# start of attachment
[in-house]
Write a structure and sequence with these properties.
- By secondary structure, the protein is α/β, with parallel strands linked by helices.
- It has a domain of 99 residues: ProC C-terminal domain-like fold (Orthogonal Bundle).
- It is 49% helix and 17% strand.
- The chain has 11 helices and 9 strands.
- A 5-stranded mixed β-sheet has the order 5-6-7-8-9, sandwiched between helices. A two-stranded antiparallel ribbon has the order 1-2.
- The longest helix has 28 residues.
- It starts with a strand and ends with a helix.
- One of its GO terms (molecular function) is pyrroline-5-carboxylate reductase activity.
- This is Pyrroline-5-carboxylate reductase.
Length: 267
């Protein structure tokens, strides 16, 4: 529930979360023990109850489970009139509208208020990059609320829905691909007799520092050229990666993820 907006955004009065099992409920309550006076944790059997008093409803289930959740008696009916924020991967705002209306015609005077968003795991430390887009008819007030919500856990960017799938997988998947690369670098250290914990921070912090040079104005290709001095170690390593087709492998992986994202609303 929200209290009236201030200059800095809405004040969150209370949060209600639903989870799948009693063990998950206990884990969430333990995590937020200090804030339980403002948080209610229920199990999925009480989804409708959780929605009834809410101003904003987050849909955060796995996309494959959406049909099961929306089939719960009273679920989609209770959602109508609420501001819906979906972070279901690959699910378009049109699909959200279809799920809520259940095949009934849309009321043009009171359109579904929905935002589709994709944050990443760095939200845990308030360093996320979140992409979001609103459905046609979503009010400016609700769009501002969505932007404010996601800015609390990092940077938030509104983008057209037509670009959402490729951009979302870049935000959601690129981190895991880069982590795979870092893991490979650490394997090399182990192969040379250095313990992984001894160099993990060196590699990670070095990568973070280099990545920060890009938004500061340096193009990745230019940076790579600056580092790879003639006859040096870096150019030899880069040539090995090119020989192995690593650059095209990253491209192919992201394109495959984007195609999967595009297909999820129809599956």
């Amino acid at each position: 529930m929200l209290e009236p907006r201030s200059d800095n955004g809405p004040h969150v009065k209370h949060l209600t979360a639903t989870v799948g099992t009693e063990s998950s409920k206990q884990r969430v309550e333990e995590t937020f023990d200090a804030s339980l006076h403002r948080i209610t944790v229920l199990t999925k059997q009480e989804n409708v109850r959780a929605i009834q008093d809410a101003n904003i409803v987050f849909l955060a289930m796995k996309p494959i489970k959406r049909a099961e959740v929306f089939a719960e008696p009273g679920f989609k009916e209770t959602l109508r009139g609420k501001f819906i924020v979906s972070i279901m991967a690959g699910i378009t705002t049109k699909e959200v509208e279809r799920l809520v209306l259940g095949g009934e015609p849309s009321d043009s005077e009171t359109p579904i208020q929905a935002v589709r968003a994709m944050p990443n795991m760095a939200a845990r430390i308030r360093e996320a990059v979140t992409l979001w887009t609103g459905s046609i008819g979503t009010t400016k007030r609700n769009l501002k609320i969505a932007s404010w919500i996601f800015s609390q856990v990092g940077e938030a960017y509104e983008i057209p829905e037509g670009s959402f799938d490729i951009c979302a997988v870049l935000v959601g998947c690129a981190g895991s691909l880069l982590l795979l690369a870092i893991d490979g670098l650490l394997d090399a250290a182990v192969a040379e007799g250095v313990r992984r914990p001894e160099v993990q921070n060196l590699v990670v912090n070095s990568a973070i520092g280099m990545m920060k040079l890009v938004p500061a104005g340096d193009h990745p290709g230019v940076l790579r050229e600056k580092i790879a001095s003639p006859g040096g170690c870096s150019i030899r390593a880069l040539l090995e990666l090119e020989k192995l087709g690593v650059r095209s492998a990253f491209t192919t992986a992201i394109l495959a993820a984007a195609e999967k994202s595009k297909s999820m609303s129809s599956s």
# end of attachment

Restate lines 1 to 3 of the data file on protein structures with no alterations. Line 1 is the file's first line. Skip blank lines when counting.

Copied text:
[in-house]
Write a structure and sequence with these properties.
- By secondary structure, the protein is α/β, with parallel strands linked by helices.